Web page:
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Program Fundamentals


Located in Raleigh, N.C., WakeMed Health & Hospitals’ Center for Innovative Learning is one of the leading providers of simulation-based education. It offers more than 50 courses, as well as programs that focus on utilization of simulation technology, effective debriefing, simulation operations and facilitation of human patient simulators.

Why Simulation?
Traditional medical education often falls short when it comes to training students on how to prioritize and multitask. At the bedside or in the field, the student is never truly forced to face the consequences of mis-prioritizing interventions, because the instructor will always intervene to prevent harm to a real patient.

Unique to medical simulation is its ability to teach prioritization and multitasking and, most importantly, demonstrate the consequences of poor decisions.

What makes EMS unique is its uncontrolled, fast-paced environment, which can facilitate poor decision-making, but it also requires mastering skills that aren’t used that often. Mastery of these skills begins with understanding all the processes involved in completing a given task.

Hospital-based simulation studies have shown that, if an instructor can measure an individual’s competency in a particular skill, as well as time-to-task and decision-making, the student may achieve competency more quickly.1–11 And if competency is achieved more quickly, decision-making skills will also improve.

Steps to Simulation
1. Identify the problem. Take an honest inventory of where mistakes happen and where the knowledge gaps are widest in your health-care system.
2. Identify all the players. Whether it’s the 9-1-1 operators or the receiving hospital’s triage process, issues are never isolated. Developing a new simulation program can provide education to your EMS providers, as well as the local hospital and communications center staff, so all the players must be present from the beginning.
3. Develop measurable goals. What is the primary reason for developing a simulation program? Education? Research? Clearly identify the goals before writing the curriculum.
4. Determine the training and simulation technology needed. Whether you’re starting a multi-disciplinary simulation program that provides training for prehospital and hospital personnel, or an air-medical education resource and critical-care transport, purchase the equipment that best fits your program. It will save you hours of work and a tremendous amount of money. Leasing, borrowing and sharing equipment prior to purchase will also save you money.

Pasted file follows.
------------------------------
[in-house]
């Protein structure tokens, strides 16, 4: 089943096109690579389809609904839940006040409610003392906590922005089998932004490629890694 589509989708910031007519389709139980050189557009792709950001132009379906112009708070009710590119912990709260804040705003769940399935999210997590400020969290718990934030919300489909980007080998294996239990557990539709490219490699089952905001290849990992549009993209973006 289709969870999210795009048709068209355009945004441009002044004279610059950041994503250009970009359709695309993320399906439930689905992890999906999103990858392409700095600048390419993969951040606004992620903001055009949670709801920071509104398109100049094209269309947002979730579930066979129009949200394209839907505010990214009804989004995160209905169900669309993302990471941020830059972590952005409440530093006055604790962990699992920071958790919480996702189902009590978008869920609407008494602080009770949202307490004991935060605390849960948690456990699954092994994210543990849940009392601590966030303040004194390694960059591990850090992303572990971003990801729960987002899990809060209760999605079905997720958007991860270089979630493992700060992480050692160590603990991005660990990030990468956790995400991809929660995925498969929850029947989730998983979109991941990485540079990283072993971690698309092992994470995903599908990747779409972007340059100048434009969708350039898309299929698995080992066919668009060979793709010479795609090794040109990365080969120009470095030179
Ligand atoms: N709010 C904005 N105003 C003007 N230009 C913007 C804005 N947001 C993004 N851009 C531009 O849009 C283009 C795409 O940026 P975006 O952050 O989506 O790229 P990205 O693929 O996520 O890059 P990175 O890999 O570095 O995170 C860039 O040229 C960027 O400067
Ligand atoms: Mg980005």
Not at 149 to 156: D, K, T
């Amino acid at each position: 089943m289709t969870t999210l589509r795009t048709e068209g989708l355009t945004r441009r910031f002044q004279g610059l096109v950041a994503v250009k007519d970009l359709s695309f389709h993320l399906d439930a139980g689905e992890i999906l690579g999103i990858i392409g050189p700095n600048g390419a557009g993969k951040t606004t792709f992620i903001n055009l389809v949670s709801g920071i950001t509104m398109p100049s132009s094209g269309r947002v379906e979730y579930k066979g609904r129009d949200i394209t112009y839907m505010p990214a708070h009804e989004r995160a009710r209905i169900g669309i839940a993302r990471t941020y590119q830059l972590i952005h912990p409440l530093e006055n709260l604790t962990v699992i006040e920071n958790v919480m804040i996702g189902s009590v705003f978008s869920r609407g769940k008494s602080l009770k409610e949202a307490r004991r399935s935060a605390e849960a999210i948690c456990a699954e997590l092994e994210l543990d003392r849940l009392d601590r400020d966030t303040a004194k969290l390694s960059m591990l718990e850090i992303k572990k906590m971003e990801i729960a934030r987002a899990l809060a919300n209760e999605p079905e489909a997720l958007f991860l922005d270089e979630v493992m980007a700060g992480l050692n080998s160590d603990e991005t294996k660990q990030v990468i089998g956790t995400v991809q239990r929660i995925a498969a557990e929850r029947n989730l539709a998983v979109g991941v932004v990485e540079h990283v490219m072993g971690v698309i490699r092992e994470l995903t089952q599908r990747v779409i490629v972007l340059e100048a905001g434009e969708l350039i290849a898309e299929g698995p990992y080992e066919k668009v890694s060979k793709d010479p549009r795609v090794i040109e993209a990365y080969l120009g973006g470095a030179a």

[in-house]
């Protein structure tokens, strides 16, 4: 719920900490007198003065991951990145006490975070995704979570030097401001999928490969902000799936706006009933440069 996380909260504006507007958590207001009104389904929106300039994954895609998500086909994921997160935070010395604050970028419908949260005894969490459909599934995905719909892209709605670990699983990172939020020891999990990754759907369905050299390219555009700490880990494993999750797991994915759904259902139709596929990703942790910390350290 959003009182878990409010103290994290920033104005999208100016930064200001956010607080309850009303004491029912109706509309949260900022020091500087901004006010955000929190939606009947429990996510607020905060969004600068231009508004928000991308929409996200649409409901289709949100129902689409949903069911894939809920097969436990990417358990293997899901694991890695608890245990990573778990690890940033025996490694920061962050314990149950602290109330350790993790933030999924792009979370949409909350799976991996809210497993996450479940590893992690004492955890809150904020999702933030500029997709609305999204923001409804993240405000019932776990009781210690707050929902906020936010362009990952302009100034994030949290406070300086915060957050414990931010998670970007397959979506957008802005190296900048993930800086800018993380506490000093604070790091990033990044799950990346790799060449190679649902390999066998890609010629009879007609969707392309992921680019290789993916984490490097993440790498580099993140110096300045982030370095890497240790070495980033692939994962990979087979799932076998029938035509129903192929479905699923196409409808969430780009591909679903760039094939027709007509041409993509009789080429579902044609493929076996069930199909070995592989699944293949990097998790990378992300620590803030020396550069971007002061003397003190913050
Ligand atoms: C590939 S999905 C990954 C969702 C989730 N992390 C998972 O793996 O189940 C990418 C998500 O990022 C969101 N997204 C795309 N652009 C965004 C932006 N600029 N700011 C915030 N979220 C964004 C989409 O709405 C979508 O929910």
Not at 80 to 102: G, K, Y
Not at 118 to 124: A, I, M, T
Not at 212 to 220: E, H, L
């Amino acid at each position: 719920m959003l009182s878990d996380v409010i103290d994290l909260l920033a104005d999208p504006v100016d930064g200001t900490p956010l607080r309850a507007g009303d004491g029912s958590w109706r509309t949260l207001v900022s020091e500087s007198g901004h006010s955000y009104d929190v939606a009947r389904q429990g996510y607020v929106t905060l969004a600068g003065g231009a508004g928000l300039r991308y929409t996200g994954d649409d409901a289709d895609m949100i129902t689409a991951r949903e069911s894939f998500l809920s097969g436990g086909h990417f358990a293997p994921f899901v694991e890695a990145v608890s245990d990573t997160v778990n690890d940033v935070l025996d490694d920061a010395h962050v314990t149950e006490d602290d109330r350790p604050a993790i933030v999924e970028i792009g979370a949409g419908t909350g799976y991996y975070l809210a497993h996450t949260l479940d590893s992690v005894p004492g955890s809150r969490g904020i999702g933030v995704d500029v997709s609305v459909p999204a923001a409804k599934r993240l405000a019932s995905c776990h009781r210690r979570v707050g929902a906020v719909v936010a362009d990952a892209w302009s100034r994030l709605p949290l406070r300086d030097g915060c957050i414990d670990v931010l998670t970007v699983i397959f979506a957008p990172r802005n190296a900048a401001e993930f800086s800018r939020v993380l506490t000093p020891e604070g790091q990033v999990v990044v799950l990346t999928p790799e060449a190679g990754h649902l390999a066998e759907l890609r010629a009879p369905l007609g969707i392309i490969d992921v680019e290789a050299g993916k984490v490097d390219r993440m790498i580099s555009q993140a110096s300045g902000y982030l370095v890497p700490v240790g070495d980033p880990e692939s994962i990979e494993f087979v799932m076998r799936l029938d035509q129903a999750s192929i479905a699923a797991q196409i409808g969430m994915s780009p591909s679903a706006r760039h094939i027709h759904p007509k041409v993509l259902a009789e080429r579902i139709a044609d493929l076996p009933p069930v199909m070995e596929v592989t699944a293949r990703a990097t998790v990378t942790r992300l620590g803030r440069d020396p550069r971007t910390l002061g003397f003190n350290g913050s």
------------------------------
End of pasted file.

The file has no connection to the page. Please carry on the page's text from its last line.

5. Develop and validate scenarios. How a scenario should perform and how it will actually perform will differ with student involvement. For this reason, it’s critical to practice scenarios with a staff member before students attend the program.
6. Implement the scenarios. To give students the best experience possible, maximize realism and minimize levity. The environment should not be hostile, but it should be as realistic as possible.
7. Collect and analyze data, and conduct a debriefing. Elicit feedback in a positive manner. Then openly discuss the scenario's pre-identified critical actions/goals.
8. Finally, ask your fellow instructors and students: Did you solve the problem?

The key components for effective implementation include identifying the goals/problems, understanding the technology and ensuring it will help you reach your goal, and objectively measuring both the effectiveness of the simulation and the real patient impact long after simulation completion. If you design your simulation program to have all of these components and you implement them properly, your program will be successful and benefit your community for years to come.

Disclosure: Patel has reported receiving honoraria, either directly or indirectly, from the sponsor of this supplement. Snyder has reported no conflicts of interest.

1. Johnson L, Patterson M. Simulation education in emergency medical services for children. Clinical Pediatric Emergency Medicine. 2006;7:121–127.
2. Maran NJ, Glavin RJ. Low- to high-fidelity simulation—A continuum of medical education? Medical Education. 2003;37:22–28.
3. Russell S. An Overview of Adult Learning Processes. Medscape. www.medscape.com/viewarticle/ 547417_2. Accessed June 18, 2010.
4. Wright S, Lindsell C, Hinckley W, et al. High-fidelity medical simulation in the difficult environment of a helicopter: Feasibility, self-efficacy and cost. BMC Medical Education. 2006;6:49.
5. Gordon J, Wilkerson W, Shaffer D, Armstrong E. “Practicing” medicine without risk: Students’ and educators’ responses to high-fidelity patient simulation. Academic Medicine. 2001;76; 469–472.
6. Dunn, WF. Simulators in critical care and beyond. 2004; Society of Critical Care Medicine: Des Plaines, Ill. 
7. Gaba DM, Fish KJ, Howard SK. Crisis Management in Anesthesiology. 1993; Churchill Livingstone: Philadelphia.
8. Loyd GE, Lake CE, Greenberg, RB. Practical Health Care Simulations. 2004; Hanley and Belfus: Philadelphia.
9. Berndt TJ. Friendship quality and social development. Current Directions in Psychological Science. 2002;11:7–10.
10. Ziv AZ, Wolpe PR, Small SD, et al. Simulation-based medical education: An ethical imperative. Academic Medicine. 2003;78:783–788.
11. Biese KJ, Moro-Sutherland D, Furberg RD, et al. Using screen-based simulation to improve performance during pediatric Resuscitation. Academic Emergency Medicine. 2009;16 (12suppl):S71–S75.

This article originally appeared in an editorial supplement to the September 2010 issue of JEMS as “Program Fundamentals: Critical actions for effective simulation experiences.”


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